8 Myths about colour

We’ve all heard the alleged rules about choosing colours in interior design at least once before, “if you mix too many colours you’ll end up with an uninviting ambiance”, “brown is boring”. All these rules confuse us to the point that we don’t know what decision to make. To avoid this, we will discuss the most common myths on the subject. Are they really true?

Myth 1: Pastel colours are feminine

While it has always been true that colours are associated with a range of emotions and connotations, such as perceiving clarity as feminine and obscurity as masculine. However, we use a darker tone of pastel colours we won’t create an entirely feminine ambiance.  Another possibility is choosing pastel colours for the main furniture pieces and balance them out with darker nuances to integrate the two gender opposites efficiently.


Myth 2: A white ceiling opens up the space

White and all colours on this side of the spectrum are useful to achieve the effect, but it is not the only way to get this result. If we try the opposite, meaning paint the walls white and the ceiling in a bright colour, it will capture the attention long enough to create an effect of a larger space.

Myth 3. If we want personality, every room needs to be in a different colour

It is very often that we’ve visited houses with this characteristic and we’ve been left with the feeling that it’s not a home so much as a circus. The best approach to using more than one nuance is to remain cautious and choose tones from the same colour palette.

Myth 4: White kitchens are impractical

Because of its capacity to open up spaces, white is sometimes perceived as cold if we don’t combine it with cream, grey or warmer finishes. A good idea is to use it as an accent on the counter and the cabinets, combining it with stainless steel, wood and fabrics that provide warmth.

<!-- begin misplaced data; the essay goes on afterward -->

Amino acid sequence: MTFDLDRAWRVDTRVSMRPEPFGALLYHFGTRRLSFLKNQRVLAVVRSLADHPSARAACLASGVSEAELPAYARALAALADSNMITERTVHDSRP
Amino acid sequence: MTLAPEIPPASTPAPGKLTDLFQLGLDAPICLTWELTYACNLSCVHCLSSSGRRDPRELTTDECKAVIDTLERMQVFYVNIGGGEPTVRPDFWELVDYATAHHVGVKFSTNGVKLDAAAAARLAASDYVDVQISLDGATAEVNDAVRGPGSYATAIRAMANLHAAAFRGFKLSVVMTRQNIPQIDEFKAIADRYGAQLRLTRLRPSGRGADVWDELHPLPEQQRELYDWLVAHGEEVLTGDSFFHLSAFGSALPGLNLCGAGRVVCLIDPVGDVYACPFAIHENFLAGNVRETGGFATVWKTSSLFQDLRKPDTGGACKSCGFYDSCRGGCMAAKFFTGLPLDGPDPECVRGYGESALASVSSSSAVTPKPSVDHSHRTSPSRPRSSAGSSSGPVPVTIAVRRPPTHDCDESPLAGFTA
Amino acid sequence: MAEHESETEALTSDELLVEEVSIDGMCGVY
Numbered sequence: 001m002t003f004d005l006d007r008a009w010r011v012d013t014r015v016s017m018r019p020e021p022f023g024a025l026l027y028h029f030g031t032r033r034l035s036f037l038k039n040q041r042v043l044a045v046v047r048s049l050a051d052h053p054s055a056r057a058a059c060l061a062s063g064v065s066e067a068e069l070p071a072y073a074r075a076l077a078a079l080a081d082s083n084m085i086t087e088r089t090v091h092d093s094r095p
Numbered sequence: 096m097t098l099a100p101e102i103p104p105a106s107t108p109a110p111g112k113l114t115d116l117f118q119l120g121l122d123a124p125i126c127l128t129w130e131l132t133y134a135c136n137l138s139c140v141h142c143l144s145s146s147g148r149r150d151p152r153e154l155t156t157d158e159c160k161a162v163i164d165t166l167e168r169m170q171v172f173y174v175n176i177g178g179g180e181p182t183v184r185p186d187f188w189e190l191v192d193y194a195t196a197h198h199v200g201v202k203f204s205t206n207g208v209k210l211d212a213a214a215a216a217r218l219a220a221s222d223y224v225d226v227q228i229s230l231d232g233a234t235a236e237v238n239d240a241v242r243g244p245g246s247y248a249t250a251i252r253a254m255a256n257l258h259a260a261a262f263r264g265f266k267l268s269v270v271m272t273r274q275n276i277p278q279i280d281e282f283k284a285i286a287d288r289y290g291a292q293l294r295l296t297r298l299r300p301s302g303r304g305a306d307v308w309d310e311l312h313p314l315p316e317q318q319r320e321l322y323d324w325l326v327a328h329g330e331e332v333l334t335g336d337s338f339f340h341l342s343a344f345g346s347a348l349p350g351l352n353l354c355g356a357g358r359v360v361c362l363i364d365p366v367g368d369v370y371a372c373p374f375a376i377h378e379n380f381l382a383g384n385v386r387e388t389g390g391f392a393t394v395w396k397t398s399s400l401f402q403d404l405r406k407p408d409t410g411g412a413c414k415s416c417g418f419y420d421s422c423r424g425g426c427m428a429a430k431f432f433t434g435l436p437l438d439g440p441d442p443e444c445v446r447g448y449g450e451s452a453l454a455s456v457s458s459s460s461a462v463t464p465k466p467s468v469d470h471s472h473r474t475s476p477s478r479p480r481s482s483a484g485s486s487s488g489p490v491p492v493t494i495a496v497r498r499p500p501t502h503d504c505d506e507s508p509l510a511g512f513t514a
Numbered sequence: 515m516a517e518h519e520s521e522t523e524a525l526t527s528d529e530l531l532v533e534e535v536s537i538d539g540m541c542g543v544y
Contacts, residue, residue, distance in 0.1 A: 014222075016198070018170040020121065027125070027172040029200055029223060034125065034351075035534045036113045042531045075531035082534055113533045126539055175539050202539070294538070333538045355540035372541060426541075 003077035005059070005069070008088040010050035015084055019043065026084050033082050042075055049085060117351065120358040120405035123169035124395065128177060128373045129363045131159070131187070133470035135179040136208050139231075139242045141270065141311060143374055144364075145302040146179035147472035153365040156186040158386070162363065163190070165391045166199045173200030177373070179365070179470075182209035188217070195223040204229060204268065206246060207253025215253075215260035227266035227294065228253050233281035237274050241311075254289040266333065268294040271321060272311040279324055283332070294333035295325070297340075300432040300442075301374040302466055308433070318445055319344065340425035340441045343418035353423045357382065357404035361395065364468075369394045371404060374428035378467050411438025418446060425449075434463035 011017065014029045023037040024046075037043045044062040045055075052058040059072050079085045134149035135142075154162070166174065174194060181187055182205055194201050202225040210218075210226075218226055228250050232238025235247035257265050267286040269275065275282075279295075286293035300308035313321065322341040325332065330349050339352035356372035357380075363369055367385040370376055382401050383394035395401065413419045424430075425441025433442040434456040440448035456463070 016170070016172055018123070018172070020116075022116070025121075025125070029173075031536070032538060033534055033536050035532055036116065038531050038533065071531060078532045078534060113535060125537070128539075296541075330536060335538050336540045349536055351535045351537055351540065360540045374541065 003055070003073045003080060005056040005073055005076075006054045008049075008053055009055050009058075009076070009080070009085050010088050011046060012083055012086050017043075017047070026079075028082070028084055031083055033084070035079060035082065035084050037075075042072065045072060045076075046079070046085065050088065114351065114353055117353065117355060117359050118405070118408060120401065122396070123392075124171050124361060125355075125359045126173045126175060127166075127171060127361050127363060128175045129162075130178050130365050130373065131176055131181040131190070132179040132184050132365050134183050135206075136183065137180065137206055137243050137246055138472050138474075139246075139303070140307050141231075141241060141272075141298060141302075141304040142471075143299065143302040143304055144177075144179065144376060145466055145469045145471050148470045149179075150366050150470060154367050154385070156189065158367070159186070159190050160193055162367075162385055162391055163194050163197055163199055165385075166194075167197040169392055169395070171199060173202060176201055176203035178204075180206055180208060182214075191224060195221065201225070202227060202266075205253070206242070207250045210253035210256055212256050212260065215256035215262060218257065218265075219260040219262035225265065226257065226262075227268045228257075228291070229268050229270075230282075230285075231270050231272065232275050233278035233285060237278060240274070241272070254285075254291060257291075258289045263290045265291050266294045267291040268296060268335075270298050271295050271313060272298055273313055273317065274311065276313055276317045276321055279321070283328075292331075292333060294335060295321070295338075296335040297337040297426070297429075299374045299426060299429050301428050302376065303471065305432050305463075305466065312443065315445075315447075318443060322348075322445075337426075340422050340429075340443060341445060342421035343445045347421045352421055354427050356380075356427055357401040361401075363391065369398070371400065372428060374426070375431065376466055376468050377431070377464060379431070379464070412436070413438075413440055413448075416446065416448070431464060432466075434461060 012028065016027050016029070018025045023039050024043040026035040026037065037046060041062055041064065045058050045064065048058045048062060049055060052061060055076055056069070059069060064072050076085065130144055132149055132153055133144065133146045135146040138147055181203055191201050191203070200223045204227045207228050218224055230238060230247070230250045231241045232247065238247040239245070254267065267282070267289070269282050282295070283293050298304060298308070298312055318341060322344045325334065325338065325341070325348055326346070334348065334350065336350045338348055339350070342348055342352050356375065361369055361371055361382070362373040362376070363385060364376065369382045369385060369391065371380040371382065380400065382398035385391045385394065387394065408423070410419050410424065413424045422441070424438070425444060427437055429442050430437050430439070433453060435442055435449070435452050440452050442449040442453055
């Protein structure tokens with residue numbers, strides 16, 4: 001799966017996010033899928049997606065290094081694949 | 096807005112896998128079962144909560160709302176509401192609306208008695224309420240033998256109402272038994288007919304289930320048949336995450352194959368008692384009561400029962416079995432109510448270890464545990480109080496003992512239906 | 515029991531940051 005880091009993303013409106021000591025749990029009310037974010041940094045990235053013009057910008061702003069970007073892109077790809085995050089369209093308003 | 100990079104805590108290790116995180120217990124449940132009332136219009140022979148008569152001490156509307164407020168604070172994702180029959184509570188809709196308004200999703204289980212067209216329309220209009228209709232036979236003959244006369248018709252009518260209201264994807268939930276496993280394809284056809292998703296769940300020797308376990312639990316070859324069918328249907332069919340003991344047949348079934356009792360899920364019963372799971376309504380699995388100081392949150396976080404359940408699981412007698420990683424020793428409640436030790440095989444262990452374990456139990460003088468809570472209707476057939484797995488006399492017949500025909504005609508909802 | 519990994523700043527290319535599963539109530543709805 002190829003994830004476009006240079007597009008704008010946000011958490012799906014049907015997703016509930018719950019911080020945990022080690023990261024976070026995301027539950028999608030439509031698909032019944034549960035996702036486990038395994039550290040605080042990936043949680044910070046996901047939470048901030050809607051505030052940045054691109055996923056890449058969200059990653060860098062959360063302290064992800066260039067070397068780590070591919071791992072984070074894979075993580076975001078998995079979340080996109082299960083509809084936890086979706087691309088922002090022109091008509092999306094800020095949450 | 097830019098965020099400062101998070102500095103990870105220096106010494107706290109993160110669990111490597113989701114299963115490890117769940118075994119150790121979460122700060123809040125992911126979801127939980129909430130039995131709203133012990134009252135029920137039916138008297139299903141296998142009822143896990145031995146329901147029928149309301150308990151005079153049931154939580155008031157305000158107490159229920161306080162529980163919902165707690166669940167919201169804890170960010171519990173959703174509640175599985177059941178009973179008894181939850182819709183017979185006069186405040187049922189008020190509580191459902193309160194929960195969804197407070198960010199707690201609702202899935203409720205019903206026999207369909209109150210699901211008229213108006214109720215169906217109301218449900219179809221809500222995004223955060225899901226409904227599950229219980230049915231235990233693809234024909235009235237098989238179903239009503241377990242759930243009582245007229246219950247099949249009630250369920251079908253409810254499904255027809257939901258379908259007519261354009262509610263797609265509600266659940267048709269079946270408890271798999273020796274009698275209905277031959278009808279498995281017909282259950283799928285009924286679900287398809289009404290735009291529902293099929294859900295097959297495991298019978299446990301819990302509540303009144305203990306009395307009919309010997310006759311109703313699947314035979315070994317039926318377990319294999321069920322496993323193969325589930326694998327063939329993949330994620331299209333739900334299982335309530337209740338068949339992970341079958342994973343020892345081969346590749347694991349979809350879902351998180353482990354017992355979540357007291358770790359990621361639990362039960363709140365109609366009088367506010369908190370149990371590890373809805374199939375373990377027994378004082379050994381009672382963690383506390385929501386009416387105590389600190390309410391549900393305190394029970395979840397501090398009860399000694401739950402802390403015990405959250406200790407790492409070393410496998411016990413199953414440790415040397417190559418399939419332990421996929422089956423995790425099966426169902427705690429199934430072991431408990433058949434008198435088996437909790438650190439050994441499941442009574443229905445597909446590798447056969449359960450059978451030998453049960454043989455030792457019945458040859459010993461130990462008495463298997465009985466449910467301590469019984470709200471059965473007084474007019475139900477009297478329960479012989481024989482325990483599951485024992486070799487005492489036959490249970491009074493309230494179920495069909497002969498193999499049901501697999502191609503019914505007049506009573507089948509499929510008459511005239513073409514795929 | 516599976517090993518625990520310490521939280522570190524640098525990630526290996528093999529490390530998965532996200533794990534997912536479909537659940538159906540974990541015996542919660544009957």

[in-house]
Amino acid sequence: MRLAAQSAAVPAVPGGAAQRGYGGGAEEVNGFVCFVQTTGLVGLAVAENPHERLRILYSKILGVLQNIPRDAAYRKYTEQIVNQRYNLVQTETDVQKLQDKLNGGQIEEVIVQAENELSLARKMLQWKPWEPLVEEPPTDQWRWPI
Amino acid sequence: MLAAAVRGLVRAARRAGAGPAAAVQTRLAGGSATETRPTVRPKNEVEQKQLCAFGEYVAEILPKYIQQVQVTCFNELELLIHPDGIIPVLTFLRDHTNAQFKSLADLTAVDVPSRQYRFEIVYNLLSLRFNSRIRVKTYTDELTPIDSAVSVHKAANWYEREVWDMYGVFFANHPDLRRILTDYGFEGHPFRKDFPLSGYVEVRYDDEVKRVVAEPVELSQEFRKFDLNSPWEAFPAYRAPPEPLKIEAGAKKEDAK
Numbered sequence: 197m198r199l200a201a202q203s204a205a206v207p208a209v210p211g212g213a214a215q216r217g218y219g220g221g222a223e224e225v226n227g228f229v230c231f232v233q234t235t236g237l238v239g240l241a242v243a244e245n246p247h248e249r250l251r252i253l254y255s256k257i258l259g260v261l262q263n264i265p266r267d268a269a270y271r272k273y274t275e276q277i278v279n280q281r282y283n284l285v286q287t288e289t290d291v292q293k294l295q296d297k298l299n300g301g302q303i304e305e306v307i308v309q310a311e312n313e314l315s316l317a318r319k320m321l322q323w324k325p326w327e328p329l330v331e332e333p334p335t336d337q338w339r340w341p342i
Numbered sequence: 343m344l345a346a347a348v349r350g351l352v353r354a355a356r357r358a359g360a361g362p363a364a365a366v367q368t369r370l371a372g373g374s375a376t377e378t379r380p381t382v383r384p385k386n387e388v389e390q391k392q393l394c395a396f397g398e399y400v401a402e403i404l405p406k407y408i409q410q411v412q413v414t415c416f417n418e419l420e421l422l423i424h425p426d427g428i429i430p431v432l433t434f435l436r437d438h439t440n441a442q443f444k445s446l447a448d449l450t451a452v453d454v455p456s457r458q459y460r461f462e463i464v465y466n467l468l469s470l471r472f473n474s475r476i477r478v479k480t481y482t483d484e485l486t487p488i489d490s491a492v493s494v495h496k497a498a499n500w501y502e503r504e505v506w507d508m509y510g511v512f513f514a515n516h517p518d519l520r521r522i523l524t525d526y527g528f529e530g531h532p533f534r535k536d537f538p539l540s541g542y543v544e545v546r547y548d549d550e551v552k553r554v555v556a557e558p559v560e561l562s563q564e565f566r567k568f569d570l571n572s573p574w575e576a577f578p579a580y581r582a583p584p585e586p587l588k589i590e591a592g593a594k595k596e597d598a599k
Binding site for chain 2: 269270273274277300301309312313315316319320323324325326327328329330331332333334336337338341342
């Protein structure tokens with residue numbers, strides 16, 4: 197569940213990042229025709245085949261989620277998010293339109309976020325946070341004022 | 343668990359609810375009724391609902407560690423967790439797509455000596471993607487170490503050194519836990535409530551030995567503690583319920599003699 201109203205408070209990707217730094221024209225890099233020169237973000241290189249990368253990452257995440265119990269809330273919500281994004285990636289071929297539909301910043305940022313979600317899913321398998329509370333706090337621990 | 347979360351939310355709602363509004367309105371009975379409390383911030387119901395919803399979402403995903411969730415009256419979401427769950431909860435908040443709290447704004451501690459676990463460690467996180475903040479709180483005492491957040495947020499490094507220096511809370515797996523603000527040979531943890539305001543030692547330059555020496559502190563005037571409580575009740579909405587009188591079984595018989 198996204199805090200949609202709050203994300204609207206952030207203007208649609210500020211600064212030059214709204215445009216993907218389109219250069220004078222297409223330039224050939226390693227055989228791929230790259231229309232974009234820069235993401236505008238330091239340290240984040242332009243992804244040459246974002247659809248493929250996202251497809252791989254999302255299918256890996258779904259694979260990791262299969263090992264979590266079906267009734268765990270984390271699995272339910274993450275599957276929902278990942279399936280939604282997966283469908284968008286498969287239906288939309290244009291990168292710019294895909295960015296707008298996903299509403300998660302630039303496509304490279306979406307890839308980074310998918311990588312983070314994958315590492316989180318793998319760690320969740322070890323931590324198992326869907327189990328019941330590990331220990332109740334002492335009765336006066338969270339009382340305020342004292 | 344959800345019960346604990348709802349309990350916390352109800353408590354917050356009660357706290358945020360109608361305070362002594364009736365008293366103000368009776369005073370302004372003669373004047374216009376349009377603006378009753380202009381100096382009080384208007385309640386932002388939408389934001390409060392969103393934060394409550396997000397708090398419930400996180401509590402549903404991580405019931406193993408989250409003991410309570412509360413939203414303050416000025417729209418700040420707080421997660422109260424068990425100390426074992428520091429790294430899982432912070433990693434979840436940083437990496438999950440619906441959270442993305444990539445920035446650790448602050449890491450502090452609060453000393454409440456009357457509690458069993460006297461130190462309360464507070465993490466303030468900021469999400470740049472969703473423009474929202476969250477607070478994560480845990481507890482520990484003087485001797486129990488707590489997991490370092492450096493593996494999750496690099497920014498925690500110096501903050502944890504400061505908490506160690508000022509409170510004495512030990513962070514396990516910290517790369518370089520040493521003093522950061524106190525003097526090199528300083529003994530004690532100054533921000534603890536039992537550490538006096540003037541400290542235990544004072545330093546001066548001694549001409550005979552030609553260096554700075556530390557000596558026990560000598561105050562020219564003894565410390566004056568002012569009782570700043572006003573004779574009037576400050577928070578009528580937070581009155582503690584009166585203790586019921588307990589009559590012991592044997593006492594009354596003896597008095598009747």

Beautiful Kitchen in Luxury Home. View of Living Room.

Myth 5. Neutral colours are not as bold

Property owners are under the false impression that neutral colours are boring, although, in reality it can be quite the opposite: think of warm colours like gold or caramel brown. They are anything but boring and if we combine them with black or chocolate brown, the end result will be a splendid array of tones.

Myth 6. Daylight is more important than nightlight

The important thing here is the design of the space in question. Natural or artificial light can play a very important role in the way we feel during the day, so the best thing to do is paint small patches on the wall and watch how they change in tone throughout the day.

Myth 7: Dark colours are depressing

Here we must take into account the size of the surface. Obviously, if we use dark colours in small places, we will get the dreaded “cave effect”. Unlike having a large room with multiple windows, bright colours, furniture and flooring that balance out the darker nuances.

Golden chair in gray interior

Myth 8. Basic colours are the best choice for children’s rooms

Children’s rooms are one of the few spaces in our homes, where we don’t have to limit ourselves. They present the ideal opportunity to combine different nuances and application techniques on the walls and match the kids’ environment to their creativity.

The truth is interior designers are a bit rigid with “rules” when it comes to colours inside the house. It has to be the owner who decides what is pleasant or fun, it’s your intuition that guides you, and if you’re unsure of your decision you should call a professional who can convey your vision and lifestyle in the right way.